Where did Tasha Marbury go to college? Tasha Marbury attended N.C. State University, where she graduated in 2008 with a degree in zoology, and Fairleigh Dickinson University in New Jersey, where she studied nursing. Whether all that higher education prepared Marbury for “Basketball Wives,” the Vh1 series that’s made her famous, is anyone’s guess, though there are parallels one might draw between the wild creatures found in zoology textbooks and the crazy people one meets on a reality TV show.
The question “where did Tasha Marbury go to college?” is one super curious NBA fans may have begun asking in 1999, when the native of Winston-Salem, North Carolina, married Stephon Marbury, then a member of the New York Nets. The former Minnesota Timberwolves standout would go on to play with a number of teams, among them the New York Knicks and Boston Celtics, and he’s since made the move to the Chinese Basketball Association, where he plays for the Beijing Ducks.
Where did Tasha Marbury go to college? In terms of geography, N.C. State is located in Raleigh, the “City of Oaks,” as well as the capital of North Carolina. Fairleigh Dickinson, meanwhile, has two Jersey campuses, one in Madison and Florham Park, the other in Teaneck and Hackensack. Of course, “Where did Tasha Marbury go to college?” is perhaps something of a moot question, as the “Basketball Wives” cast member likely won’t have to dust off her zoology or nursing knowledge and get a real job anytime soon. She and Stephon Marbury are worth a reported $45 million — a staggering fortune that stems from the $150 million he made over 17 seasons in the NBA. They’re set for life, though given Stephon’s highly publicized affair with one of the couple’s employees, it’s not all sunshine and roses in the Marbury household.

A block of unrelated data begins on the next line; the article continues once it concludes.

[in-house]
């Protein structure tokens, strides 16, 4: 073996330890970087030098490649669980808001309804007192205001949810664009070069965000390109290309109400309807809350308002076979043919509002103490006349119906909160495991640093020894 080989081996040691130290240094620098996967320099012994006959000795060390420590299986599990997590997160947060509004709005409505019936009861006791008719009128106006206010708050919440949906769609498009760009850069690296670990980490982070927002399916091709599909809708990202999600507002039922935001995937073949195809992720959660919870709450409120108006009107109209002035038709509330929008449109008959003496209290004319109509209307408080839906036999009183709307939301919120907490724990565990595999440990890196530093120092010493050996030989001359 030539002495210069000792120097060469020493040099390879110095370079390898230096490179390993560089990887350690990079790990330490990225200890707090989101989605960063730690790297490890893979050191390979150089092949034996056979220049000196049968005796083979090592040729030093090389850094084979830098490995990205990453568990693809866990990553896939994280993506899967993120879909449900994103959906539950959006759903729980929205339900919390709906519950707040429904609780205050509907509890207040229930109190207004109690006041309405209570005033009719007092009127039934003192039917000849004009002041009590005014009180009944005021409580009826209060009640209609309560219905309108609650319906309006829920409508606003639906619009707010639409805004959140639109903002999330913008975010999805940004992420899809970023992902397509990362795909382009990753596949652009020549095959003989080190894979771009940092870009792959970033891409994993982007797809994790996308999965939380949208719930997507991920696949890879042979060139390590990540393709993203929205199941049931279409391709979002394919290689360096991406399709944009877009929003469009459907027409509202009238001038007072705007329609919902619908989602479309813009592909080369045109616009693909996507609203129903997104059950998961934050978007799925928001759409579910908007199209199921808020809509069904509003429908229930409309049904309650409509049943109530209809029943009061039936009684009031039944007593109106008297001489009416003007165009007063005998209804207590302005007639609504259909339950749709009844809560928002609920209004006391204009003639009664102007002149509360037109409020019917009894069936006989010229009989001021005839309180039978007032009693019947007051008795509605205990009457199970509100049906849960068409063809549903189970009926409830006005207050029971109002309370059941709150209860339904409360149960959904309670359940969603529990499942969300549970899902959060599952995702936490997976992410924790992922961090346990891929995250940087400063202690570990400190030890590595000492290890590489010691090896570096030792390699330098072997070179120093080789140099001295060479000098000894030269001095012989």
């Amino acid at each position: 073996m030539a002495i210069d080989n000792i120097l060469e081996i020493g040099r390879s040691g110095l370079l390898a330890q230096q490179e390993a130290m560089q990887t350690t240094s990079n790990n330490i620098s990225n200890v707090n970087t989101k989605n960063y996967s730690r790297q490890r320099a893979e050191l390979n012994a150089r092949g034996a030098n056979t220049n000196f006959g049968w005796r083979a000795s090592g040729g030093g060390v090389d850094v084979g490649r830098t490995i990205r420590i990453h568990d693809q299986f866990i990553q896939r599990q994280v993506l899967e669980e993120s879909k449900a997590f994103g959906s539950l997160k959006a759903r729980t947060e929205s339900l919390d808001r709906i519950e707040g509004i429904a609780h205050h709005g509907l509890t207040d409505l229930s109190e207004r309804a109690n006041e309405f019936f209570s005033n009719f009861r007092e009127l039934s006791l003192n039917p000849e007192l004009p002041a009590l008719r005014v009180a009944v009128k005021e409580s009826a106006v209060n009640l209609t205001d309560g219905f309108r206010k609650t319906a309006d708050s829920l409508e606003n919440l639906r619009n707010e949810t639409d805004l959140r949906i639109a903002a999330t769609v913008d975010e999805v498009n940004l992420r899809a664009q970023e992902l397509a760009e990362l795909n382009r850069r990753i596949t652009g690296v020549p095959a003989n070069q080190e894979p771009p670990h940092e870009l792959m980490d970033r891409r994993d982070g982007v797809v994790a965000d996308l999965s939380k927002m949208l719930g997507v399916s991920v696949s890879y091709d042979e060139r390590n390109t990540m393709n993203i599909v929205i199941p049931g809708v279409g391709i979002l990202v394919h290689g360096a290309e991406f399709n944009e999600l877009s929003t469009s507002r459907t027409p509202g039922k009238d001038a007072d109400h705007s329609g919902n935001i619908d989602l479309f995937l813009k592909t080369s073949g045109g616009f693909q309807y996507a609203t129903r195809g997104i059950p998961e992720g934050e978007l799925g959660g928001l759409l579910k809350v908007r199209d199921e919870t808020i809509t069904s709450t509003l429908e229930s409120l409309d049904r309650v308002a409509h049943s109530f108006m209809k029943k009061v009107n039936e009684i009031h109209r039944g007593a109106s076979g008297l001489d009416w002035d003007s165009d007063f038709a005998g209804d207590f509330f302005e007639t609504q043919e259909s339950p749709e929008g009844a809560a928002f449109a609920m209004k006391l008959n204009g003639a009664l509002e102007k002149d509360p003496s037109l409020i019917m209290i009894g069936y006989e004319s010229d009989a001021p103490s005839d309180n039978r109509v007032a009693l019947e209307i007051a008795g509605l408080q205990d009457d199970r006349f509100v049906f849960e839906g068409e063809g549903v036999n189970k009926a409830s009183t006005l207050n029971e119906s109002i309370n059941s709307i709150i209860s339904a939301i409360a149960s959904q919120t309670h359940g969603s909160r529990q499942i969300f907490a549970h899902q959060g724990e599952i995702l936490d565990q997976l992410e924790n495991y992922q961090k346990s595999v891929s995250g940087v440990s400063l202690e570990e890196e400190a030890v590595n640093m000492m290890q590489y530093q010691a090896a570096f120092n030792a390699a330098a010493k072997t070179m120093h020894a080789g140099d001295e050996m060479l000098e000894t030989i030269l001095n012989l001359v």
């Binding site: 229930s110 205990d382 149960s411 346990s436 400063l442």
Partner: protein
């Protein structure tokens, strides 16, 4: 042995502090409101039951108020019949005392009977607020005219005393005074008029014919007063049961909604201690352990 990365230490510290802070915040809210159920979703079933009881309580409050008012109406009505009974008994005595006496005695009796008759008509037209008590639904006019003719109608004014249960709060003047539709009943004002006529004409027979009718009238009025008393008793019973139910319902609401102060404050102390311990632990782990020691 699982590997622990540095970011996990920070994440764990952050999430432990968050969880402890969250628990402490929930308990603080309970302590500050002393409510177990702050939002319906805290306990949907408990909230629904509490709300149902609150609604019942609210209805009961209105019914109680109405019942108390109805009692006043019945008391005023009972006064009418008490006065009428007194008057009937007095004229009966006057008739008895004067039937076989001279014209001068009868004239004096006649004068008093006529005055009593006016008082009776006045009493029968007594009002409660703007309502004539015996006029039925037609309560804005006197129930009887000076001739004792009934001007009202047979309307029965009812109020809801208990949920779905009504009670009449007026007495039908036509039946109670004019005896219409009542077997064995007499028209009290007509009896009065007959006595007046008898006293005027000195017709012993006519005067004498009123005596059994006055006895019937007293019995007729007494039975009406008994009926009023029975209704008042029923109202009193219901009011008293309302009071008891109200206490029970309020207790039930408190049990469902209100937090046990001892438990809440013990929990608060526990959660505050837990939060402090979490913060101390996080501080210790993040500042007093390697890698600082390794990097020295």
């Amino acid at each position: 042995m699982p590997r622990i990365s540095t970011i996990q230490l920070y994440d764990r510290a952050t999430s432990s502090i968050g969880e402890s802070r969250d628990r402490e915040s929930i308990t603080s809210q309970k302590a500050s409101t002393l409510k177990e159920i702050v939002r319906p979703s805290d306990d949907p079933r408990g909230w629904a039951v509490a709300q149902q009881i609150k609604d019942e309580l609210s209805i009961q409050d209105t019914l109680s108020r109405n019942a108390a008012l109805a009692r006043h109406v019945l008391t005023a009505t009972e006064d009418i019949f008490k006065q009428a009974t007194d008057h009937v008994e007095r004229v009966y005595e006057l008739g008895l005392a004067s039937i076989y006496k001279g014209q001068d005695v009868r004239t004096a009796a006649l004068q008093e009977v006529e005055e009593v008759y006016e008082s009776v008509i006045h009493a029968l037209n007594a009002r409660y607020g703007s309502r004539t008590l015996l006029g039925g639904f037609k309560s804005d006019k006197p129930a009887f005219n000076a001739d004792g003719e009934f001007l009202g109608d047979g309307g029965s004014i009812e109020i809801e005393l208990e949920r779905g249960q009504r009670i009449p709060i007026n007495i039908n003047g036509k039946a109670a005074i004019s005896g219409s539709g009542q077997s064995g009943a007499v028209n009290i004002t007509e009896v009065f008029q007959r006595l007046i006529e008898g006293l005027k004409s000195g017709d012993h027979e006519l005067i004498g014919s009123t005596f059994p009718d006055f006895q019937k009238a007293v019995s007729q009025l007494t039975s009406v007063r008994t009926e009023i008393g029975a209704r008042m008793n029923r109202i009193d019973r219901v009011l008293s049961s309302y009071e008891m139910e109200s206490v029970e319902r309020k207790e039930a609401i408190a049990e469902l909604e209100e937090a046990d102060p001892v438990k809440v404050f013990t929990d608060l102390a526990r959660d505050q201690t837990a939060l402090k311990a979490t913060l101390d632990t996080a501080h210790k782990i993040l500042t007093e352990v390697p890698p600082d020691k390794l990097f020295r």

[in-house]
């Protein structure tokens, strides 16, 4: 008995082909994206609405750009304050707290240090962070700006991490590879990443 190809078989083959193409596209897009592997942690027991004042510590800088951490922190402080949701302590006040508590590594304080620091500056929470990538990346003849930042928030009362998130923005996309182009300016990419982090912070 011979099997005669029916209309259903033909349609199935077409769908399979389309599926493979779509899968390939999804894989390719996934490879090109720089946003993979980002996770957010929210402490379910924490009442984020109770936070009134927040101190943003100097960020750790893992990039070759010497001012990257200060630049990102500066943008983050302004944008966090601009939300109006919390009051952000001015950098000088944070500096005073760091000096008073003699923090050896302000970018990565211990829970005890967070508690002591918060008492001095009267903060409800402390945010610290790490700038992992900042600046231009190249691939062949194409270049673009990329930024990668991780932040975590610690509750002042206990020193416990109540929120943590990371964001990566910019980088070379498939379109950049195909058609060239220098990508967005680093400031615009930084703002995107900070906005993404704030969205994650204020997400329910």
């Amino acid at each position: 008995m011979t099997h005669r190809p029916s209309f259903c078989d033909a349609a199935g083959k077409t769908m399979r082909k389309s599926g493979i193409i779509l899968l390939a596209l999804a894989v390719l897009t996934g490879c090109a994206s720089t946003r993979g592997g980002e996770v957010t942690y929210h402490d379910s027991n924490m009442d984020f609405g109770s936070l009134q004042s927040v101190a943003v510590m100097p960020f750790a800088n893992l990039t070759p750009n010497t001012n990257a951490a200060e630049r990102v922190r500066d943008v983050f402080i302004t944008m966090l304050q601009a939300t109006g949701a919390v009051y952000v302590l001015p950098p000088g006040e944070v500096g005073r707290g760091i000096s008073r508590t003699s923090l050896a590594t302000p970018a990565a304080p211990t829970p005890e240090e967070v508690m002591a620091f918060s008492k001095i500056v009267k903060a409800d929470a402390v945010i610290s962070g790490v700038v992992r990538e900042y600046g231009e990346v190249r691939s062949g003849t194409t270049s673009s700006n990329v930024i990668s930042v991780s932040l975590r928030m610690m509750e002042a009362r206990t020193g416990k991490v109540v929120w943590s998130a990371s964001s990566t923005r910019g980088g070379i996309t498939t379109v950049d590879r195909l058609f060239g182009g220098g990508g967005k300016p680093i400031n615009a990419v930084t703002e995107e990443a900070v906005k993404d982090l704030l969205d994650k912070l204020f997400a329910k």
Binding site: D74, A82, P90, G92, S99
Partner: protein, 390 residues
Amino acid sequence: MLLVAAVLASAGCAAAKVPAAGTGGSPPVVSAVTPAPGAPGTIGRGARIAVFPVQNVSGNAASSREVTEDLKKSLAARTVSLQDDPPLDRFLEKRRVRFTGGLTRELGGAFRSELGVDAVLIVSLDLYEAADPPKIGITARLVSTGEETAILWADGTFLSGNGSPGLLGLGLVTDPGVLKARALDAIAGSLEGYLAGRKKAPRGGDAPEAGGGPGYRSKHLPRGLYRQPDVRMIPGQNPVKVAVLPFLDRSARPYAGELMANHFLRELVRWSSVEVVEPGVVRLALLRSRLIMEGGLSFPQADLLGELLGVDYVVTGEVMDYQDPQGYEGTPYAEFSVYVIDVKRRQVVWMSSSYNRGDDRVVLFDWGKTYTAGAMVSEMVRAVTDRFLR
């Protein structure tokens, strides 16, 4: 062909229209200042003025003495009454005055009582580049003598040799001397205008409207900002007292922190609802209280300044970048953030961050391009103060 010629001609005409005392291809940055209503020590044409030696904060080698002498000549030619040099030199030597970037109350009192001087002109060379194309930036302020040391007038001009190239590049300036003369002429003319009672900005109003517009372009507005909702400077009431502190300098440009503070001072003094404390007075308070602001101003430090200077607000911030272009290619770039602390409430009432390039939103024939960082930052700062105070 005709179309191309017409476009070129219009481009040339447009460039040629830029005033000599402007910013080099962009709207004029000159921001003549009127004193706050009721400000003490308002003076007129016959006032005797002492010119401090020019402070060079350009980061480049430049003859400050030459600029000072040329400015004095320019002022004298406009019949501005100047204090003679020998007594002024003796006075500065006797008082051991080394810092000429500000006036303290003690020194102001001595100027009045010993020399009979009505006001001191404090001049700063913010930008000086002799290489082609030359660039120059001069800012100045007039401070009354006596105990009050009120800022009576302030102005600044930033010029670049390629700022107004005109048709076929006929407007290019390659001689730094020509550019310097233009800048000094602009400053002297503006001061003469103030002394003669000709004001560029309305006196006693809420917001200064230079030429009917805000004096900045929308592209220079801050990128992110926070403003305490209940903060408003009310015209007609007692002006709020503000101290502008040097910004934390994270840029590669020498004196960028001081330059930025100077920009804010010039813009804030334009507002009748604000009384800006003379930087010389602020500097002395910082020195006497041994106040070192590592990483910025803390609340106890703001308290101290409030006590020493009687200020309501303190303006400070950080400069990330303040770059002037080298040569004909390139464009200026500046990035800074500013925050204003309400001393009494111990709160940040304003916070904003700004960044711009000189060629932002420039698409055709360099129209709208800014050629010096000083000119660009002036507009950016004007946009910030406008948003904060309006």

It seems Tasha has forgiven Stephon, though, so maybe she learned a thing or two about letting bygones be bygones while studying at N.C. State and Fairleigh Dickinson.
“It did happen,” Tasha said on the show. “And I don’t have a problem discussing or talking about it. But it’s not gonna be something that I talk about forever ’cause it’s old, it’s stale. It is what it is…Listen, we all make mistakes.”